Extreme nervousness dominates markets with Equities under pressure, oil falling, the British Pound basically collapsing and the Euro trading lower.
The Dow lost 1.62%, the S&P 1.72%, and the Nasdaq 1.8%. It was the second week the Nasdaq fell more than 55. The GER40 fell to 12200.
All 11 sectors in the S&P500 closed lower on Friday, with Energy falling the most at 6.8% due to falling oil prices. Friday was one of the busiest day in US Options ever and over the last four weeks money managers have spent US$34 billion purchasing put options, which provides protection against a further fall in stock markets (according to the Financial Times). US$9.6 billion was spent in the last weeks alone on options protecting against downside risks,.
A bleak economic outlook and less then convincing statements out of the UK government caused Sterling to fall to a record this morning , prompting speculation of an emergency response from the Bank of England. The 5 Year yield soared to above 5% GBPUSD fell to 1.0580, a 37 year low. Tax cuts and the energy plan are not set up to combat inflation in the markets view.
The USD Index rose to 113.80, EURUSD fell to 0.9635, a 20 year low. One Month volatility in EURUSD Options rose to 13%. Gold and Silver dropped to 1638 and 18.57.
US 2-year yields soared to 4.2%, the highest since 2007 Calls for the USD Index to hit 120 are no longer seeming outlandish
The victory of right wing parties in Italy is worrying the EU, and the referendums Russia is conducting in the occupied areas of Ukraine are adding worries.
China's central bank announced fresh steps to slow the pace of the yuan's recent depreciation
Germany is looking to limit Gas prices but so far the re is no agreement on how to finance that move.
Atlanta Fed`s Bostic stated the U.S. central bank could tame inflation without substantial job losses given the economy's continued momentum.
The market needs some good news to find a reason to turn around and that is hard to see right now, caution is in order and traders as well as investors need to have their risk under control to not get overrun.
Key events this week are listed below, in addition I would expect at least verbal interventions from politicians, bureaucrats and central bankers.
Monday, Sep 26
US: Chicago Fed National Activity Index (Aug)US: Dallas Fed Manufacturing Activity (Sep)
Germany: IFO Survey (Sep)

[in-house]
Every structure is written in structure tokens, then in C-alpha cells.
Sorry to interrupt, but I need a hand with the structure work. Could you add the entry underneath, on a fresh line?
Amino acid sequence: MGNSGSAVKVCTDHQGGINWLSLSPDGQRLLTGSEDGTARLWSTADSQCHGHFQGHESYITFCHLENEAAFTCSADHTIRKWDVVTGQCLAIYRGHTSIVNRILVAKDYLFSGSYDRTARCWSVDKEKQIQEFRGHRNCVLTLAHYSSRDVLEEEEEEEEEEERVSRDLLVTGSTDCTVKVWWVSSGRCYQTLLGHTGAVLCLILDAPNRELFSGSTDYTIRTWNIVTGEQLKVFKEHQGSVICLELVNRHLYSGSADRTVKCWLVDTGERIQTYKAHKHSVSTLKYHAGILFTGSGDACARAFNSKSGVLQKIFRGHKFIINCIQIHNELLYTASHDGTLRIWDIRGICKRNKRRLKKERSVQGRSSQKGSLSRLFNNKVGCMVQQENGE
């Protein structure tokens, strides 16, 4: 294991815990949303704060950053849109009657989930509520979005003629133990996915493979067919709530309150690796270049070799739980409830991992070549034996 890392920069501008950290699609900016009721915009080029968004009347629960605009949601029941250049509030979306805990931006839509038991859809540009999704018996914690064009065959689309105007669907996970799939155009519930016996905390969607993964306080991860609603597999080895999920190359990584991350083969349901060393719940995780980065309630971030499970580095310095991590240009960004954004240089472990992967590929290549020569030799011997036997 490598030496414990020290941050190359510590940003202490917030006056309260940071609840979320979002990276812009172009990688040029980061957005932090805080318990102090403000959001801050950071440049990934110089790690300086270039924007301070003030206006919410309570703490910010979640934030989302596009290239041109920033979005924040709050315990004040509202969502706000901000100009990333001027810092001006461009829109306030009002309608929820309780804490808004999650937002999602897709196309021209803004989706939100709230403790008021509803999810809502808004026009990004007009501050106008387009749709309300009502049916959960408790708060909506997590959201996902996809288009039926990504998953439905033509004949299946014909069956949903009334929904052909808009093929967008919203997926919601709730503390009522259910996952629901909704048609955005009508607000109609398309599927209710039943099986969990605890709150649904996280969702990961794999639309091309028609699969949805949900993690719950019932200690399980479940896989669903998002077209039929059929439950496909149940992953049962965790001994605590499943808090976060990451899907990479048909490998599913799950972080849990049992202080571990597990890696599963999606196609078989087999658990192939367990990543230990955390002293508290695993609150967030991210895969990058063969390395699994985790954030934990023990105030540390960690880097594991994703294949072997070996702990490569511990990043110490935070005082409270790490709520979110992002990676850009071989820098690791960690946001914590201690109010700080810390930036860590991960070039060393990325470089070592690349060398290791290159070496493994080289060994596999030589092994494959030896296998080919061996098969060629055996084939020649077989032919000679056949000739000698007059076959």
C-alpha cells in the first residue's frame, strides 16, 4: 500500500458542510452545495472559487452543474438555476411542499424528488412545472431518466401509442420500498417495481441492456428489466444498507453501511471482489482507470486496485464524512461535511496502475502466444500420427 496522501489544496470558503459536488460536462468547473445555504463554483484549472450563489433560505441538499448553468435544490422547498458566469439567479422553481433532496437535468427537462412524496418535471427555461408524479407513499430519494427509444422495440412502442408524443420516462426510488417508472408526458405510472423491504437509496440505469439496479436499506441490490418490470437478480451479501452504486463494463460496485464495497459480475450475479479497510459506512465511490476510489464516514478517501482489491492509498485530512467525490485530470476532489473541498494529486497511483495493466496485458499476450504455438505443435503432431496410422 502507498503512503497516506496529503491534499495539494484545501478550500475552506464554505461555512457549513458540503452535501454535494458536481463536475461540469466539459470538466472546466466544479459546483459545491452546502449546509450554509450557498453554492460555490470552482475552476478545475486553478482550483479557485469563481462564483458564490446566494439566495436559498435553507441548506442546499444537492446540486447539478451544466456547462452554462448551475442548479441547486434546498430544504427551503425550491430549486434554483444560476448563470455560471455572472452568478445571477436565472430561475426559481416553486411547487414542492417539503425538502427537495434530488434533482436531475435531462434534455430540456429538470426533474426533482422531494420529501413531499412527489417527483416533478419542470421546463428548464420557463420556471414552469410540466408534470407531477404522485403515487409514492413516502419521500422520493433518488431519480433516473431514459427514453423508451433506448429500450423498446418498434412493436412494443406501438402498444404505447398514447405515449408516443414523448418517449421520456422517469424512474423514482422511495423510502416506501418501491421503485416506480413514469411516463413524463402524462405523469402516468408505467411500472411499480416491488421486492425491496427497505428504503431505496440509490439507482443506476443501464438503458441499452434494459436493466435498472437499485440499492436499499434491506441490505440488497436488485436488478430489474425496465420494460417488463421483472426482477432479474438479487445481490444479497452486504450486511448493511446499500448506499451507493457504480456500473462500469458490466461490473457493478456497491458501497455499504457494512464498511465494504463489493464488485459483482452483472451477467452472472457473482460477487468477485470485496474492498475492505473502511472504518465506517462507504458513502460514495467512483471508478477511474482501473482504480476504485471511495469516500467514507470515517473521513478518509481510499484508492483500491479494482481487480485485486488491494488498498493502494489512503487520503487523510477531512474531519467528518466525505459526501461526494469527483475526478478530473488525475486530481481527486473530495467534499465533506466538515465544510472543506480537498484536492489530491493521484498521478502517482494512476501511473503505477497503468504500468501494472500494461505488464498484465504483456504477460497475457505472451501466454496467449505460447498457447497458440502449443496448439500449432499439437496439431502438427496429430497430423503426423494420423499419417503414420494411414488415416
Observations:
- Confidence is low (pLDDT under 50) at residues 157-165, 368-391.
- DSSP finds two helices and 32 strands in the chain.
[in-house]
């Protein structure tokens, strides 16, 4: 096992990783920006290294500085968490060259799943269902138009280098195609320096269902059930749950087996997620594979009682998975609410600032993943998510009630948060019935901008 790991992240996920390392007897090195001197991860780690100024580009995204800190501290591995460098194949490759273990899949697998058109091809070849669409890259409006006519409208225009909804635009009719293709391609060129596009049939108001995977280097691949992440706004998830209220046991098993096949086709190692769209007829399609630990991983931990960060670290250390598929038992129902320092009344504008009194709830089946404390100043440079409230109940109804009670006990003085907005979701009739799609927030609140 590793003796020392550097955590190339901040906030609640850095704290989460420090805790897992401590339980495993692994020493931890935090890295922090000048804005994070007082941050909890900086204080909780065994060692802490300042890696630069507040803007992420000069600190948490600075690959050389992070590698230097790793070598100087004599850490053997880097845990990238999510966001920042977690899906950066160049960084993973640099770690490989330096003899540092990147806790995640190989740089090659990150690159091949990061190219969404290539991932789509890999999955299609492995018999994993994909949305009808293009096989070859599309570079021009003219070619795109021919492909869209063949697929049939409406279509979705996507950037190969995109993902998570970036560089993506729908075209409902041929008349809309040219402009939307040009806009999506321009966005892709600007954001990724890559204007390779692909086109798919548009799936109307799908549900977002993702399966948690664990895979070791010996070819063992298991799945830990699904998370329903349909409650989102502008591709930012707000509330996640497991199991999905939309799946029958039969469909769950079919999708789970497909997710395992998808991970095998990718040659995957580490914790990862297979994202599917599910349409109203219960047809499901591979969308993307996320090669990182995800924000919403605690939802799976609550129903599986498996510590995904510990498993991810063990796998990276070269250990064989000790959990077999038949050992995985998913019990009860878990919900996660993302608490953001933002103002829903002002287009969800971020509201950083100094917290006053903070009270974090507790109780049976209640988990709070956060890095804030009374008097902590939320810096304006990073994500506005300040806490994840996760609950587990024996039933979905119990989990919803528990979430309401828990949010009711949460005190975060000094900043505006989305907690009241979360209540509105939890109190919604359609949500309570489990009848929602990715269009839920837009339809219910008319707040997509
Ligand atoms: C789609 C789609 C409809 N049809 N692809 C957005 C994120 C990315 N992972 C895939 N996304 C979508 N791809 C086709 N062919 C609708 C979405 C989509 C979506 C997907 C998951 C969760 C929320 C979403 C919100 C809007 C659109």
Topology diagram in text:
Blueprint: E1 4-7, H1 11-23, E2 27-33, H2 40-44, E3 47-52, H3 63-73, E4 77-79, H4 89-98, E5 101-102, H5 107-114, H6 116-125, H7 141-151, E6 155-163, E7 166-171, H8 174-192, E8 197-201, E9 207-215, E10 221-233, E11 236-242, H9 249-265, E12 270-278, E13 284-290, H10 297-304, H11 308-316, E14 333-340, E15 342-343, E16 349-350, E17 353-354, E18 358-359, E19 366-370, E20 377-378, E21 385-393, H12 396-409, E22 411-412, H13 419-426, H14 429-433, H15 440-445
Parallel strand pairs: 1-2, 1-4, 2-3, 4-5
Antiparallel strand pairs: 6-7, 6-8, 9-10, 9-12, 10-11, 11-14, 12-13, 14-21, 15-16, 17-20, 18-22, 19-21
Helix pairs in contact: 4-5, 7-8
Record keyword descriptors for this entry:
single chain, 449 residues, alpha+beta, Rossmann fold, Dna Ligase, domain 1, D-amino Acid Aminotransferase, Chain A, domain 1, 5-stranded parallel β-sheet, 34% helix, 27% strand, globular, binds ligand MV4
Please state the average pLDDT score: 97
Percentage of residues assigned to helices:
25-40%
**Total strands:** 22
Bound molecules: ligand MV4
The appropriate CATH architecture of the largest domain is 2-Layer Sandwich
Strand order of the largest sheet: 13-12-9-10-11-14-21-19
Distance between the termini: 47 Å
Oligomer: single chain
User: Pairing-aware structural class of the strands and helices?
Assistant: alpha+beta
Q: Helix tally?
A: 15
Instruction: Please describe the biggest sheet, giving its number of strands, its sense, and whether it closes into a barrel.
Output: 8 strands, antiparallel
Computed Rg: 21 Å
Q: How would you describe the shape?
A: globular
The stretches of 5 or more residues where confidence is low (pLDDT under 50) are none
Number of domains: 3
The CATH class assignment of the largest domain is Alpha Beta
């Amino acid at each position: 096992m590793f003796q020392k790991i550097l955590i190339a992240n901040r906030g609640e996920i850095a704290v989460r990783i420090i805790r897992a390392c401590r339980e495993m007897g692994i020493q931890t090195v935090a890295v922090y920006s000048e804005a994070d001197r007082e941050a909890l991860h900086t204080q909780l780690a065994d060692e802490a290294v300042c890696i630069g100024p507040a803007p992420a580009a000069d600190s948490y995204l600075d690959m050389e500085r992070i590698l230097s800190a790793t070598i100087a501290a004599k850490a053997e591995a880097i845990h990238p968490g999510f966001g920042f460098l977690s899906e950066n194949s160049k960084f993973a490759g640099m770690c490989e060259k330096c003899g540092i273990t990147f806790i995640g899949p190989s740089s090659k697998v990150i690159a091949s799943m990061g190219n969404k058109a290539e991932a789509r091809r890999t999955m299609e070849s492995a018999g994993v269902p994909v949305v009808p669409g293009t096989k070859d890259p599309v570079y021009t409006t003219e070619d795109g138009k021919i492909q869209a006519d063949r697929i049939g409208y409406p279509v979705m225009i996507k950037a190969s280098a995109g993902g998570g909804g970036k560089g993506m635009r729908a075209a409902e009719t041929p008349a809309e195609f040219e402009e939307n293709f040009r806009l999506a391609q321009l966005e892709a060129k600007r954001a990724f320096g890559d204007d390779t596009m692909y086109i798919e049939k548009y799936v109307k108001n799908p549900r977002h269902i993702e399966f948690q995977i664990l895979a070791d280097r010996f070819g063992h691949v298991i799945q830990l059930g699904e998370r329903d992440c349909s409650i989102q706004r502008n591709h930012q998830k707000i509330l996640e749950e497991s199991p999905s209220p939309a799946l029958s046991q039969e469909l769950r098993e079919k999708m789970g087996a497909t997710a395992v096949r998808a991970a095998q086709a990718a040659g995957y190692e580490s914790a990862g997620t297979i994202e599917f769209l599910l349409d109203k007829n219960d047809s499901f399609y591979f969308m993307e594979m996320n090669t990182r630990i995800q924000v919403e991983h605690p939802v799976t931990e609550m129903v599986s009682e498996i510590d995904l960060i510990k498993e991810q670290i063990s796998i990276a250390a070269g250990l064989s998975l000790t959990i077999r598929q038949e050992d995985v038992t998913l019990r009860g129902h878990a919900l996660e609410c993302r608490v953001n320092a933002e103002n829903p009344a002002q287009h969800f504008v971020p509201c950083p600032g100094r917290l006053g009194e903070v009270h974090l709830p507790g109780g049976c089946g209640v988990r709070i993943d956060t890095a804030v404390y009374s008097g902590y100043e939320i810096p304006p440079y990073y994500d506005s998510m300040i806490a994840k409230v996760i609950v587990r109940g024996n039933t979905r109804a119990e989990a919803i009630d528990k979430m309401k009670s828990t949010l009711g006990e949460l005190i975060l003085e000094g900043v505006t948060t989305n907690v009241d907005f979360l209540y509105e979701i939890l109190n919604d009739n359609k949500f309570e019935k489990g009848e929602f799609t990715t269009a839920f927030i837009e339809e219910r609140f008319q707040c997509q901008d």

UK: Rightmove House Prices (Sep)
Singapore: Industrial Production (Aug)
Japan: PMI Manufacturing (Sep)
US: 2-year note auction (USD43 billion)
Tuesday, Sep 27
US: Durable Goods Orders (Aug)
US: New Home Sales (Aug)
US: Conference Board Consumer Confidence (Sep)
US: 5-year Note Auction (USD44 billion)
China: Industrial Profits (Aug)Eurozone: ECB M3 Annual Growth Rate (Aug)
Wednesday, Sep 28
US: MBA Mortgage Applications (weekly)
US: Advance Goods Trade Balance (Aug)
US: Wholesale Inventories (Aug)
US: Pending Home Sales (Aug)
US: 2-year FRN Auction (USD22 billion)
US: 7-year Note Auction
Japan: BoJ Monetary Policy Meeting Minutes (July 20-21)
France: Consumer Confidence (Sep)
Italy: Consumer Confidence (Sep)
Italy: Manufacturing Sentiment (Sep)Italy: Economic Sentiment (Sep)
Thursday, Sep 29
US: Jobless claims (weekly)US: GDP (Q2, 3rd
Germany: HICP (Sep, flash)
Eurozone: Economic, Industrial & Services Confidence (Sep)
UK: Mortgage Data (Aug)
HK: Trade data (Aug)
)Spain: HICP (Sep, flash)
Friday, Sep 30
US: Personal Income & Spending (Aug)
US: PCE & Core PCE
US: Chicago PMI (Sep)
US: U of Michigan Consumer Sentiment (Sep, final)
US: U of Michigan 5-10-year Inflation Expectations (Sep, final)
Japan: Unemployment Rate (Aug)
Japan: Industrial Production (Aug)
Japan: Retail Sales (Aug)
Japan: Housing Starts (Aug)
Japan: Consumer Confidence Index (Sep)
China: NBS Manufacturing & Non-manufacturing PMIs (Sep)
China: Caixin China Manufacturing PMI (Sep)
HK: Retail Sales (Aug)
India: RBI Policy Meeting (Sep)UK: GDP (Q2, 2ndEurozone: HICP (Sep, flash)
Germany: Unemployment (Sep)
France: HICP (Sep, flash)